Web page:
Fiscal Research Center at the Andrew Young School of Policy
Studies at Georgia State University.      His current research      RECENT PUBLICATIONS
includes forecasting TANF and Medicaid eligibility for the State
of Georgia and investigating the effects of employment access       Gasoline Taxes in Georgia. This report describes and compares
                                                                    Georgia’s fuel tax with other states and evaluates it as a long-term
on TANF labor force participation.        His research interests    dedicated revenue source for highway funding in the state. (April
include economic geography, poverty and welfare, state and          2006).
local public finance and urban economics. He holds a Ph.D.
                                                                    A Historical Shift Share Analysis for Georgia. This report analyzes the
from Georgia State University.                                      trends in Georgia’s industrial composition and employment over the
                                                                    period 1970-2000 using shift share analysis. (March 2006)
Robert J. Eger III is an Assistant Professor in the Public
Administration and Urban Studies Department, Andrew Young           The Demographics of Georgia III: Lesbian and Gay Couples. Using 2000
                                                                    Census data, this report compares the residential patterns, household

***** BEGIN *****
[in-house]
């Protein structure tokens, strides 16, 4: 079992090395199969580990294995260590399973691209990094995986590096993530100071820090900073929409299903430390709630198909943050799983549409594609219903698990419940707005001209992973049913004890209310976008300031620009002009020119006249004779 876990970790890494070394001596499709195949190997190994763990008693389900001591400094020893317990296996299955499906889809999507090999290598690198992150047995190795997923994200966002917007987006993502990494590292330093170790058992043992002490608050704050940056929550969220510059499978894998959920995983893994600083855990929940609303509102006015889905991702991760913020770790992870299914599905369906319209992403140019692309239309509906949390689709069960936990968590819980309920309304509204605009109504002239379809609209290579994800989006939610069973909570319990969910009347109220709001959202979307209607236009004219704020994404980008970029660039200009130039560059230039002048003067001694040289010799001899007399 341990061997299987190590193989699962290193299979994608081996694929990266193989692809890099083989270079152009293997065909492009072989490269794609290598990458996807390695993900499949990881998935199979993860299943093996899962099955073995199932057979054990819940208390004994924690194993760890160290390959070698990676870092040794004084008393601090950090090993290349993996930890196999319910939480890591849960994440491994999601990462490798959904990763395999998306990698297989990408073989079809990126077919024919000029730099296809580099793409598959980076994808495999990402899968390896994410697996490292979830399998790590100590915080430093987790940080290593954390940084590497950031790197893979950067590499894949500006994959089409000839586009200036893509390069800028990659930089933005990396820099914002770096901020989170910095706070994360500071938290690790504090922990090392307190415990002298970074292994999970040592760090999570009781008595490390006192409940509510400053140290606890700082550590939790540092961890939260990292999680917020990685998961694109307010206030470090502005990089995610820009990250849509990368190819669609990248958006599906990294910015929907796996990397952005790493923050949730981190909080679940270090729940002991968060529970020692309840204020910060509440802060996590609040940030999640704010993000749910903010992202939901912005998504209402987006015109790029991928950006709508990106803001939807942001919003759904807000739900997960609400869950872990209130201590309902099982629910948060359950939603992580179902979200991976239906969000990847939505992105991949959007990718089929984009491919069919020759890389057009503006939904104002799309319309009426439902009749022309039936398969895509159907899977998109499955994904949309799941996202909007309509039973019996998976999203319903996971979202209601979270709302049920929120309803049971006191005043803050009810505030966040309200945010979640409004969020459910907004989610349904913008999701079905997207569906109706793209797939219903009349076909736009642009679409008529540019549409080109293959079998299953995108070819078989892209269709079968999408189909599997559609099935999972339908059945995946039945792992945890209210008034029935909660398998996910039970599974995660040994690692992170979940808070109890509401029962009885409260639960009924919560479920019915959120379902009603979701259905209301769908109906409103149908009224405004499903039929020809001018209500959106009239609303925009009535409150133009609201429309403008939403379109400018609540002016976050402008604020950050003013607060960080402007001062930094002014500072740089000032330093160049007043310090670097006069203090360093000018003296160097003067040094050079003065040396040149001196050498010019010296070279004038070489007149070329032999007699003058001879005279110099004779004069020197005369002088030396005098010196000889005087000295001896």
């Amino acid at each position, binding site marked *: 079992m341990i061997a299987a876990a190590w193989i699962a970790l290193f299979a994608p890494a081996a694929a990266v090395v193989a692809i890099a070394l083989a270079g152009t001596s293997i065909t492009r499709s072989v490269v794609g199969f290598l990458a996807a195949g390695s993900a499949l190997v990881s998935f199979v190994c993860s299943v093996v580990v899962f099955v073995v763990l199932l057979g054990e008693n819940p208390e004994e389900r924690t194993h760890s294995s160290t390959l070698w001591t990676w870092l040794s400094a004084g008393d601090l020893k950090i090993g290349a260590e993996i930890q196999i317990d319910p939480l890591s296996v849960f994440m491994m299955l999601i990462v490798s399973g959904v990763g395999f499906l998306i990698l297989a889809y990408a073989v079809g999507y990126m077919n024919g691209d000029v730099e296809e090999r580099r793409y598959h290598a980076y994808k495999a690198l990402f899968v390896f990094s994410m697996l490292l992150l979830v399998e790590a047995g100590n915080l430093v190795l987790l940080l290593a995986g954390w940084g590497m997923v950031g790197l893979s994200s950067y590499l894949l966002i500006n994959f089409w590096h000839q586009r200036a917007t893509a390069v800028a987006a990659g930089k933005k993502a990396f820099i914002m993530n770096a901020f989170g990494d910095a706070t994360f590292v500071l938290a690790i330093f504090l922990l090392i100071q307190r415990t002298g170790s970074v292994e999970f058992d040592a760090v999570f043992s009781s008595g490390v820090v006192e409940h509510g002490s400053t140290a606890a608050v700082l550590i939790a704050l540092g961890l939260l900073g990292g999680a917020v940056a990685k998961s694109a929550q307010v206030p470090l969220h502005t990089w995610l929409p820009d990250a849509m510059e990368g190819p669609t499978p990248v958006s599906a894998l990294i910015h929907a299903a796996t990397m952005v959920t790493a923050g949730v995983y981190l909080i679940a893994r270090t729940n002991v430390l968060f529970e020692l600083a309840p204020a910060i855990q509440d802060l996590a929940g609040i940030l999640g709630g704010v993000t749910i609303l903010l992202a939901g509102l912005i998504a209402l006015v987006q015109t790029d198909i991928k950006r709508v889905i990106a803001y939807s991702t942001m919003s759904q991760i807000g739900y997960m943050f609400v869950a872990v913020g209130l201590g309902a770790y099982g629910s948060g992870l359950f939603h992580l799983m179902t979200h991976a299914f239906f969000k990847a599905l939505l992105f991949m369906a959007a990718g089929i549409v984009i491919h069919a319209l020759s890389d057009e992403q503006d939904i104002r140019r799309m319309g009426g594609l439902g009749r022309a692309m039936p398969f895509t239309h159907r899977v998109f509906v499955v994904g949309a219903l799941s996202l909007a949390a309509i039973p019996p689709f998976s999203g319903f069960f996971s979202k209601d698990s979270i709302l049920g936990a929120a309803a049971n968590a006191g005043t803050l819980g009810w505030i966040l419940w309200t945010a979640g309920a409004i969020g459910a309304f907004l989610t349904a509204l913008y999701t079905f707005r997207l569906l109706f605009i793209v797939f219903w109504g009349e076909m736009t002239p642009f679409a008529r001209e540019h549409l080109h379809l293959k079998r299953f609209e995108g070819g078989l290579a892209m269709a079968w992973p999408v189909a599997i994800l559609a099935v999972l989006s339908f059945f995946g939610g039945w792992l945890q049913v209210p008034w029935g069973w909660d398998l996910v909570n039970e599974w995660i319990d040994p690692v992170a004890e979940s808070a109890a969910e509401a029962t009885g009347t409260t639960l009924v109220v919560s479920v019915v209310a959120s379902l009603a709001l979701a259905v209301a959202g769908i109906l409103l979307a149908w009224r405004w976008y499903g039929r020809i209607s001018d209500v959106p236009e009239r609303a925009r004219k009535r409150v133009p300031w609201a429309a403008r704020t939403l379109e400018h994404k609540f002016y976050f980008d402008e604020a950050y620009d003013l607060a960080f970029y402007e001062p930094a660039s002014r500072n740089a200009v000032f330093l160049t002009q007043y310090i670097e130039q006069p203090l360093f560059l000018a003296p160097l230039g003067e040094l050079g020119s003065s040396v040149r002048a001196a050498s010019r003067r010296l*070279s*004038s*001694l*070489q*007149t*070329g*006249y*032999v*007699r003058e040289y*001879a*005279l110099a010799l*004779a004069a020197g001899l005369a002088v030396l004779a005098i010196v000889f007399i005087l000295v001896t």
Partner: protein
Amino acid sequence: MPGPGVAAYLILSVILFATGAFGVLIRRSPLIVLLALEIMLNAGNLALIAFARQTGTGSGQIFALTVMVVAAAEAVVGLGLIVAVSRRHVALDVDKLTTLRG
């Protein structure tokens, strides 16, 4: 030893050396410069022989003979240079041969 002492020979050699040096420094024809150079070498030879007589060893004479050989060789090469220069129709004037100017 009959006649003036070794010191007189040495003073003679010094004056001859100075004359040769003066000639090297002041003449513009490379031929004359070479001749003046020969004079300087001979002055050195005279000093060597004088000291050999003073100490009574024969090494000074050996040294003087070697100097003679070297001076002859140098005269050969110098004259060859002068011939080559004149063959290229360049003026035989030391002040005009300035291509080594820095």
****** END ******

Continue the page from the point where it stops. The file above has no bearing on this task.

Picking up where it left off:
School of Policy Studies, Georgia State University. He              incomes, house values, property taxes, and parenting patterns of
currently heads the Local Government Initiative for the Fiscal      Georgia’s same-sex and different-sex couples. (March 2006).
Research Center.      His current research interests include        Analysis of Georgia’s Unemployment Insurance Trust Fund Reserves. This
examining newly formed municipalities financing options,            report analyses several aspects of Georgia’s Unemployment Insurance
                                                                    Trust Fund, including the structure and the appropriate target level
excise taxation implications for state governments, and costs       for the Trust Fund balance for the state of Georgia. (March 2006)
allocations   for   municipal,   state,   and   school   district
governments.


                                                                    For a free copy of any of the publications listed, call the Fiscal
                                                                    Research Center at 404/651-4342, or fax us at 404/651-2737. All
                                                                    reports are available on our webpage at: //frc.aysps.gsu.edu/frc/
                                                                    index.html.